Third, have compassion and a sense of responsibility. The founders of many of the top five hundred listed companies in the world faced very difficult challenges at the start of their business. The main factor in their success was compassion. They were willing to serve people unconditionally because they cared. With this motivation, they were undeterred by failure and disappointments and had the courage to move on. If our concern is only with the self, we will give up when we encounter the slightest setback: the profit I have gained from running this business has given me only a very small amount of satisfaction; considering all the difficulties I must surmount, it hardly seems worth it. If we think this way, we may close the business, or file for bankruptcy. However, if there is compassion and an aspiration to serve a certain group of people, even mankind or all living beings, we will go all the way regardless of the hardship we have to undergo. The end result of such persistence is success. This is true in any situation – persist, and you will succeed.
It is common to see competition among businesses. We should be tolerant of our competitors. Even if they cannot be trusted, are unethical, and bring harm to us, we should still treat them with patience. If in the course of competition, we fail once or twice, we should nonetheless remain calm and find a sense of balance. Do not act impulsively and commit a serious transgression by violating the law of cause and effect. When confrontations with competitors or customers are unavoidable, we must learn to face them with an open mind.
Accept and Support Innovation
When a new management technique, technology, or product is introduced, we need to have the courage to accept innovation and the challenge it brings. We should do our best to support innovation; if it is difficult to do so for the time being, we should neither resist the change nor repress it. Even if our competitors resort to tactics that impact our customer base and profitability, we must not suppress or obstruct their business because of jealousy.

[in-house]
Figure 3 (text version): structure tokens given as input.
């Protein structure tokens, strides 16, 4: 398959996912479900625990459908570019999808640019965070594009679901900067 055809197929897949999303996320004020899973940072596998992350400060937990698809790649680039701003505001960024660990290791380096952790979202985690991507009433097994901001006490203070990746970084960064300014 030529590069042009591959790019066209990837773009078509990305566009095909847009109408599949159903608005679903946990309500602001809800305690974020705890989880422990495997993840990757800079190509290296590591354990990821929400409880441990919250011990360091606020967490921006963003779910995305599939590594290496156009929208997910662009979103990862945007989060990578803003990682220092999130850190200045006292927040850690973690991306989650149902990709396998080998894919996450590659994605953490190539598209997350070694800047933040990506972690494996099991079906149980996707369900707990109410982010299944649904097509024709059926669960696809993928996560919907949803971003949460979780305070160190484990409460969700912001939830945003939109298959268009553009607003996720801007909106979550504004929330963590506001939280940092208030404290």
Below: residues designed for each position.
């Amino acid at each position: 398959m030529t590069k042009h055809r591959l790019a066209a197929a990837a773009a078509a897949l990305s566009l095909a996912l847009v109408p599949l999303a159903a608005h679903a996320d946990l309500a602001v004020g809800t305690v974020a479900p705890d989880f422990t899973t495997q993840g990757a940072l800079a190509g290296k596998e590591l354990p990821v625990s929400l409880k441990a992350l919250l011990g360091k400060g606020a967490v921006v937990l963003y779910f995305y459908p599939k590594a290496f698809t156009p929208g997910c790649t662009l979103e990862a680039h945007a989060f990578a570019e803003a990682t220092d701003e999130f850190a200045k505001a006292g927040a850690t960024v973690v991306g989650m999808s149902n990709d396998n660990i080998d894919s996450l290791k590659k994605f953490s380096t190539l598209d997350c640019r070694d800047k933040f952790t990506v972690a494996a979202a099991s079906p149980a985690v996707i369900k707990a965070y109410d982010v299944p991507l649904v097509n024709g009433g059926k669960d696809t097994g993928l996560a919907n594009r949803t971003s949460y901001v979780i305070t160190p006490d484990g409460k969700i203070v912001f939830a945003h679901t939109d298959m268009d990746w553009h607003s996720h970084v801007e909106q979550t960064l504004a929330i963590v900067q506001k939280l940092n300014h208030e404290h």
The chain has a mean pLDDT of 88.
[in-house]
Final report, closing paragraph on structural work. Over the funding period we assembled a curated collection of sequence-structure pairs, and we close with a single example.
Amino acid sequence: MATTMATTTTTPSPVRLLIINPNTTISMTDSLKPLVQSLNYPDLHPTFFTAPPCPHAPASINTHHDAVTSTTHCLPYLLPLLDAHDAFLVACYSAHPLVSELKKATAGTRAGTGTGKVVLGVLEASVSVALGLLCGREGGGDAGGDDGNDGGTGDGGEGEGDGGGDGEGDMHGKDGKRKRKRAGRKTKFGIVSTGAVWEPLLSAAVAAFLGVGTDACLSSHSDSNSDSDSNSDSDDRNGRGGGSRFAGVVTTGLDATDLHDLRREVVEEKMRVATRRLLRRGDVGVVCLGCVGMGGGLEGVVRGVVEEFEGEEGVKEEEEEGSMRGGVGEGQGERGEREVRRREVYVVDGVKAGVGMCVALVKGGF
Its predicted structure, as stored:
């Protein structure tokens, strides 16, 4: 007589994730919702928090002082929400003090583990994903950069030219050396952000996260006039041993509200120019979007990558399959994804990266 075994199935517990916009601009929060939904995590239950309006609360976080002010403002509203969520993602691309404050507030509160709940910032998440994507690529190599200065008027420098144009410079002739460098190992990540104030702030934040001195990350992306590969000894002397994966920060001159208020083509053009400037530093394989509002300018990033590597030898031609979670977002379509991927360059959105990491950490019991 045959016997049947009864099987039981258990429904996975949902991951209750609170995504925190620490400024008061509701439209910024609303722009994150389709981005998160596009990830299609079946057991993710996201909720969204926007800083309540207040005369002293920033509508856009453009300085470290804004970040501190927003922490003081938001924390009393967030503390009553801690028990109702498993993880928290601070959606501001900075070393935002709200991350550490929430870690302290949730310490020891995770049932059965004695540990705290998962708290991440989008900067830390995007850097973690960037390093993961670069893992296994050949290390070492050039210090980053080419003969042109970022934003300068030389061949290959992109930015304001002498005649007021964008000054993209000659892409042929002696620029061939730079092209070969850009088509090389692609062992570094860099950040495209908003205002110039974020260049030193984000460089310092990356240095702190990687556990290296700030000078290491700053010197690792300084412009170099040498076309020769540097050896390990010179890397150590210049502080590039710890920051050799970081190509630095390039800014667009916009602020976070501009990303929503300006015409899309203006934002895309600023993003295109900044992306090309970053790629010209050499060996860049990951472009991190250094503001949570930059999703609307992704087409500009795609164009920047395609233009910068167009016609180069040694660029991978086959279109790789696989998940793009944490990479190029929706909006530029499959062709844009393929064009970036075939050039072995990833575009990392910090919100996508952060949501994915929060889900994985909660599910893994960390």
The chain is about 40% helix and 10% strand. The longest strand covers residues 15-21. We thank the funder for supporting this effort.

An entrepreneur should cultivate him or herself first, then transmit compassion and the method for confronting suffering to family and employees, even to the entire society and country. Only such a person can find happiness. As with the saying, “First cultivate the self, next put one’s family in order, then govern the nation, and lastly bring peace to the whole world.”
In Buddhism, diligence is to apply great effort to studying, practicing the Dharma, and doing virtuous deeds.
Diligence is the driving force of an enterprise; with diligence, the enterprise will grow.
An enterprise will encounter difficulties over the long run if it is only motivated by profit; if it is driven by compassion, everyone will love his or her own work.
Man’s pursuits are likened to the pyramid. Most people occupy the bottom of the pyramid and chase after material goods and basic livelihood. Further up are those who have satisfied their fundamental needs and seek things beyond material pursuits such as music, art, philosophy, and religion. Only the very few at the top of the pyramid are blessed with an opportunity to unlock the secret behind the profound union of wisdom and compassion expounded in Buddhism.